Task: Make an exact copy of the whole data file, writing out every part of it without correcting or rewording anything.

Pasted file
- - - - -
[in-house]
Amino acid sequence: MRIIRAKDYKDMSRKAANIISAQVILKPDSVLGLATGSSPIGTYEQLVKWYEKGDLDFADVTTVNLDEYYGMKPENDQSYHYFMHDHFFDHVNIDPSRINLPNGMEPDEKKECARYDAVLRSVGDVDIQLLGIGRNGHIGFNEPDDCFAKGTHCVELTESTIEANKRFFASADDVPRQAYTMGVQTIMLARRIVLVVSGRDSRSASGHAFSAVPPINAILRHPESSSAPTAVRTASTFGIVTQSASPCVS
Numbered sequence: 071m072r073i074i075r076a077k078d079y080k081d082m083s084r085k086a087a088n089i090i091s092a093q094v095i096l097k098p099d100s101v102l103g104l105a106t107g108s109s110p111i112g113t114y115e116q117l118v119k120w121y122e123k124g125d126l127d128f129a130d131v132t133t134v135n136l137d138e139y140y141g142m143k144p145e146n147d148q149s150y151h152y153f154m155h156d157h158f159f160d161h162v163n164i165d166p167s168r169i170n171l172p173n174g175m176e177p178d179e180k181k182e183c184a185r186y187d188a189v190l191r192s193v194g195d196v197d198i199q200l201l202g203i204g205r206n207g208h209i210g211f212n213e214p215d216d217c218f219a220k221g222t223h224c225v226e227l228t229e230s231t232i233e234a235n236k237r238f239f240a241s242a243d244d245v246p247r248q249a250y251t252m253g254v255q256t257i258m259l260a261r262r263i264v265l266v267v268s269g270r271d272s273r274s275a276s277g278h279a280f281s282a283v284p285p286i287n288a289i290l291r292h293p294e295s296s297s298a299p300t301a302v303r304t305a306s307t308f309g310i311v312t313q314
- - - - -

[in-house]
Amino acid sequence: MRIIRAKDYKDMSRKAANIISAQVILKPDSVLGLATGSSPIGTYEQLVKWYEKGDLDFADVTTVNLDEYYGMKPENDQSYHYFMHDHFFDHVNIDPSRINLPNGMEPDEKKECARYDAVLRSVGDVDIQLLGIGRNGHIGFNEPDDCFAKGTHCVELTESTIEANKRFFASADDVPRQAYTMGVQTIMLARRIVLVVSGRDSRSASGHAFSAVPPINAILRHPESSSAPTAVRTASTFGIVTQSASPCVS
Numbered sequence: 071m072r073i074i075r076a077k078d079y080k081d082m083s084r085k086a087a088n089i090i091s092a093q094v095i096l097k098p099d100s101v102l103g104l105a106t107g108s109s110p111i112g113t114y115e116q117l118v119k120w121y122e123k124g125d126l127d128f129a130d131v132t133t134v135n136l137d138e139y140y141g142m143k144p145e146n147d148q149s150y151h152y153f154m155h156d157h158f159f160d161h162v163n164i165d166p167s168r169i170n171l172p173n174g175m176e177p178d179e180k181k182e183c184a185r186y187d188a189v190l191r192s193v194g195d196v197d198i199q200l201l202g203i204g205r206n207g208h209i210g211f212n213e214p215d216d217c218f219a220k221g222t223h224c225v226e227l228t229e230s231t232i233e234a235n236k237r238f239f240a241s242a243d244d245v246p247r248q249a250y251t252m253g254v255q256t257i258m259l260a261r262r263i264v265l266v267v268s269g270r271d272s273r274s275a276s277g278h279a280f281s282a283v284p285p286i287n288a289i290l291r292h293p294e295s296s297s298a299p300t301a302v303r304t305a306s307t308f309g310i311v312t313q314